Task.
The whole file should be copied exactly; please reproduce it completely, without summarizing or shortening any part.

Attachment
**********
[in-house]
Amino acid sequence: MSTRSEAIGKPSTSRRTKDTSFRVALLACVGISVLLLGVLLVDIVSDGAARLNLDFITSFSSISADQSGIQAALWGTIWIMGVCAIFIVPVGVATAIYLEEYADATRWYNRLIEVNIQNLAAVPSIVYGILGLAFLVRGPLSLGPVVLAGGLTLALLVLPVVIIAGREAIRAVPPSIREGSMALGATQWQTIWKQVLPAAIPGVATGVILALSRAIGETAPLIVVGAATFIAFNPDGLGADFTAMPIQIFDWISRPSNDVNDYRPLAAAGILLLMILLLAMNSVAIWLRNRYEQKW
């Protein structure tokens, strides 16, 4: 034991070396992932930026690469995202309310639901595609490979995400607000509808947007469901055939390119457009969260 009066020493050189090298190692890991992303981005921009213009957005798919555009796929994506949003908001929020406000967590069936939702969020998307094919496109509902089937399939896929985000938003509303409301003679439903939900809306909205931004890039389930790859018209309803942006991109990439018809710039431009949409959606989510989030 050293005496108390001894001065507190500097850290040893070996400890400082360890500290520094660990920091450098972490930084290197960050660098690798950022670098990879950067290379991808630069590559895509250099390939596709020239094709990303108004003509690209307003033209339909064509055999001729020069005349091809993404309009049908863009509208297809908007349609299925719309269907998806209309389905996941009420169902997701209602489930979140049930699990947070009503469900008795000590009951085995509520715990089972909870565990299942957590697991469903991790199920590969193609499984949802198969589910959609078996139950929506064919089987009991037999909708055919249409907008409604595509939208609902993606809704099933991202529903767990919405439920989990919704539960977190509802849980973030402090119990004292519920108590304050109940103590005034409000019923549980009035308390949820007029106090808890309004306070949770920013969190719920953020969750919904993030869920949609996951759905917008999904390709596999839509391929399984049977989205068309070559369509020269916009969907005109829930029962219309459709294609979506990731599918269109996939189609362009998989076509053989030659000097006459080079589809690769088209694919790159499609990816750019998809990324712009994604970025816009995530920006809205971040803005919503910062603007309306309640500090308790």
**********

[in-house]
Amino acid sequence: MSTRSEAIGKPSTSRRTKDTSFRVALLACVGISVLLLGVLLVDIVSDGAARLNLDFITSFSSISADQSGIQAALWGTIWIMGVCAIFIVPVGVATAIYLEEYADATRWYNRLIEVNIQNLAAVPSIVYGILGLAFLVRGPLSLGPVVLAGGLTLALLVLPVVIIAGREAIRAVPPSIREGSMALGATQWQTIWKQVLPAAIPGVATGVILALSRAIGETAPLIVVGAATFIAFNPDGLGADFTAMPIQIFDWISRPSNDVNDYRPLAAAGILLLMILLLAMNSVAIWLRNRYEQKW
């Protein structure tokens, strides 16, 4: 034991070396992932930026690469995202309310639901595609490979995400607000509808947007469901055939390119457009969260 009066020493050189090298190692890991992303981005921009213009957005798919555009796929994506949003908001929020406000967590069936939702969020998307094919496109509902089937399939896929985000938003509303409301003679439903939900809306909205931004890039389930790859018209309803942006991109990439018809710039431009949409959606989510989030 050293005496108390001894001065507190500097850290040893070996400890400082360890500290520094660990920091450098972490930084290197960050660098690798950022670098990879950067290379991808630069590559895509250099390939596709020239094709990303108004003509690209307003033209339909064509055999001729020069005349091809993404309009049908863009509208297809908007349609299925719309269907998806209309389905996941009420169902997701209602489930979140049930699990947070009503469900008795000590009951085995509520715990089972909870565990299942957590697991469903991790199920590969193609499984949802198969589910959609078996139950929506064919089987009991037999909708055919249409907008409604595509939208609902993606809704099933991202529903767990919405439920989990919704539960977190509802849980973030402090119990004292519920108590304050109940103590005034409000019923549980009035308390949820007029106090808890309004306070949770920013969190719920953020969750919904993030869920949609996951759905917008999904390709596999839509391929399984049977989205068309070559369509020269916009969907005109829930029962219309459709294609979506990731599918269109996939189609362009998989076509053989030659000097006459080079589809690769088209694919790159499609990816750019998809990324712009994604970025816009995530920006809205971040803005919503910062603007309306309640500090308790």